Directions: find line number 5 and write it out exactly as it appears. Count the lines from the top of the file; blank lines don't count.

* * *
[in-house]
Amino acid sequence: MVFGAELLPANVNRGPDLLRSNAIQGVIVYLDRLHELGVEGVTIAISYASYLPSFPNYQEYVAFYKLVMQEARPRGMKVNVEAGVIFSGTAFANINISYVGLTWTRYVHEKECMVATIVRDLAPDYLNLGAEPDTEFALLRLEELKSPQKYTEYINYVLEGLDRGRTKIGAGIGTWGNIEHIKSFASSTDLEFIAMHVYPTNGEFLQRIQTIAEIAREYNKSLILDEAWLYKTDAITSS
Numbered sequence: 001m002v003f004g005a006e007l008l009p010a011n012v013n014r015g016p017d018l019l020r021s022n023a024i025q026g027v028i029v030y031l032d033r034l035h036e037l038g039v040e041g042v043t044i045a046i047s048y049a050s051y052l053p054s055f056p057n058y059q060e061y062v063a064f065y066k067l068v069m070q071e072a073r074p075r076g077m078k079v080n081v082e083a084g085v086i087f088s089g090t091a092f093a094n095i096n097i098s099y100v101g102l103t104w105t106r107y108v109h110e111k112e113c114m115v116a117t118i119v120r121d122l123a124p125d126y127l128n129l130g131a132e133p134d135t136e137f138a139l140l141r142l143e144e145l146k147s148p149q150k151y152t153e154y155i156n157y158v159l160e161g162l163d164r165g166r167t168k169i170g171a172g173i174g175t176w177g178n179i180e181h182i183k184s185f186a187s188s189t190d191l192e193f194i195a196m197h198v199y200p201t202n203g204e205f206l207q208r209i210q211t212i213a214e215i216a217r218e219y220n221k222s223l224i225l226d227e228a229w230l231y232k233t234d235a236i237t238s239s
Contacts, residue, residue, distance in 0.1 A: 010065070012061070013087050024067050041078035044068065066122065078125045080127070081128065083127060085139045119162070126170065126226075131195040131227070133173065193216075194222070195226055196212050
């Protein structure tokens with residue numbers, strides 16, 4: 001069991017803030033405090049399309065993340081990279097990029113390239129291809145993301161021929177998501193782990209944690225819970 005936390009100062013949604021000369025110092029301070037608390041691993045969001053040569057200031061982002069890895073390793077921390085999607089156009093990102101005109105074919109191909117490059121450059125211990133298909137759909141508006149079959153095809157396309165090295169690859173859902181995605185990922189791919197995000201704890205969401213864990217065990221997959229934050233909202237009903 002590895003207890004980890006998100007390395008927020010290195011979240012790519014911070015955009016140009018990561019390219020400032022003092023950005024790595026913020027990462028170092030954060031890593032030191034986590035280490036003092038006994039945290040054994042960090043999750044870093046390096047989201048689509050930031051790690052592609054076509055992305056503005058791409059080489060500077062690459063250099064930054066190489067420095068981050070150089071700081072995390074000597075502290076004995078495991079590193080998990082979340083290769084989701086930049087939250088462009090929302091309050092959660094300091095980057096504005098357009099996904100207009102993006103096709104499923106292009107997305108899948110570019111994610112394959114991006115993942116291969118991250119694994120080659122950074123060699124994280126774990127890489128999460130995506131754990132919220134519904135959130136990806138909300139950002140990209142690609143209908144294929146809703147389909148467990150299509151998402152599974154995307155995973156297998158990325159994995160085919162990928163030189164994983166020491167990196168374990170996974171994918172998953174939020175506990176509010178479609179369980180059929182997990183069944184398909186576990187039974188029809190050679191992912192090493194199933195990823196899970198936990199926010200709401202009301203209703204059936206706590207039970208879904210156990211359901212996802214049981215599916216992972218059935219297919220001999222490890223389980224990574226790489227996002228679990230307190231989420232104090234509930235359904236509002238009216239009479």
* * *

């Protein structure tokens with residue numbers, strides 16, 4: 001069991017803030033405090049399309065993340081990279097990029113390239129291809145993301161021929177998501193782990209944690225819970 005936390009100062013949604021000369025110092029301070037608390041691993045969001053040569057200031061982002069890895073390793077921390085999607089156009093990102101005109105074919109191909117490059121450059125211990133298909137759909141508006149079959153095809157396309165090295169690859173859902181995605185990922189791919197995000201704890205969401213864990217065990221997959229934050233909202237009903 002590895003207890004980890006998100007390395008927020010290195011979240012790519014911070015955009016140009018990561019390219020400032022003092023950005024790595026913020027990462028170092030954060031890593032030191034986590035280490036003092038006994039945290040054994042960090043999750044870093046390096047989201048689509050930031051790690052592609054076509055992305056503005058791409059080489060500077062690459063250099064930054066190489067420095068981050070150089071700081072995390074000597075502290076004995078495991079590193080998990082979340083290769084989701086930049087939250088462009090929302091309050092959660094300091095980057096504005098357009099996904100207009102993006103096709104499923106292009107997305108899948110570019111994610112394959114991006115993942116291969118991250119694994120080659122950074123060699124994280126774990127890489128999460130995506131754990132919220134519904135959130136990806138909300139950002140990209142690609143209908144294929146809703147389909148467990150299509151998402152599974154995307155995973156297998158990325159994995160085919162990928163030189164994983166020491167990196168374990170996974171994918172998953174939020175506990176509010178479609179369980180059929182997990183069944184398909186576990187039974188029809190050679191992912192090493194199933195990823196899970198936990199926010200709401202009301203209703204059936206706590207039970208879904210156990211359901212996802214049981215599916216992972218059935219297919220001999222490890223389980224990574226790489227996002228679990230307190231989420232104090234509930235359904236509002238009216239009479």